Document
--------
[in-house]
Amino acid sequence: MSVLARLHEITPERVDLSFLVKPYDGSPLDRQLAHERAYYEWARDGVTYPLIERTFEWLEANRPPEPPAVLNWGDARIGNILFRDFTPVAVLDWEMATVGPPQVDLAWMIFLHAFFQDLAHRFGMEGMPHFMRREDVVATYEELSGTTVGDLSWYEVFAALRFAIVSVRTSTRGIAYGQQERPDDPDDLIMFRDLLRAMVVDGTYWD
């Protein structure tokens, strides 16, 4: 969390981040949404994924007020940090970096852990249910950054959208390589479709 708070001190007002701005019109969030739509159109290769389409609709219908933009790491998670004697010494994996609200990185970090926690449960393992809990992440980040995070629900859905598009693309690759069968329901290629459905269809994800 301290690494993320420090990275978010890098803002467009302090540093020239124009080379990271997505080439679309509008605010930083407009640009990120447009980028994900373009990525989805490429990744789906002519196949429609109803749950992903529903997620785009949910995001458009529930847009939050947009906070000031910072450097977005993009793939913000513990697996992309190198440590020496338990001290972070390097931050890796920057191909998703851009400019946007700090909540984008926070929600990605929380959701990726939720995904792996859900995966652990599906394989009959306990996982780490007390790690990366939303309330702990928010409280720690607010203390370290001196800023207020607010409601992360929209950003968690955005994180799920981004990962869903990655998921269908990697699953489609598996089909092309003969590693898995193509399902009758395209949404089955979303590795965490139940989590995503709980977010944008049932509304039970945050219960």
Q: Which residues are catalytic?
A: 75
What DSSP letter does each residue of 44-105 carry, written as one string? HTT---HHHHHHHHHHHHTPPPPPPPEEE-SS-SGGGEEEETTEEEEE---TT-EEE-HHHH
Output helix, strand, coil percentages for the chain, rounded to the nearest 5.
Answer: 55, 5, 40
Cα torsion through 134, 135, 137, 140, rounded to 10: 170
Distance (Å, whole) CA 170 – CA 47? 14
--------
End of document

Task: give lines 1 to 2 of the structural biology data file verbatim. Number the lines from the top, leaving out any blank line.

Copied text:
[in-house]
Amino acid sequence: MSVLARLHEITPERVDLSFLVKPYDGSPLDRQLAHERAYYEWARDGVTYPLIERTFEWLEANRPPEPPAVLNWGDARIGNILFRDFTPVAVLDWEMATVGPPQVDLAWMIFLHAFFQDLAHRFGMEGMPHFMRREDVVATYEELSGTTVGDLSWYEVFAALRFAIVSVRTSTRGIAYGQQERPDDPDDLIMFRDLLRAMVVDGTYWD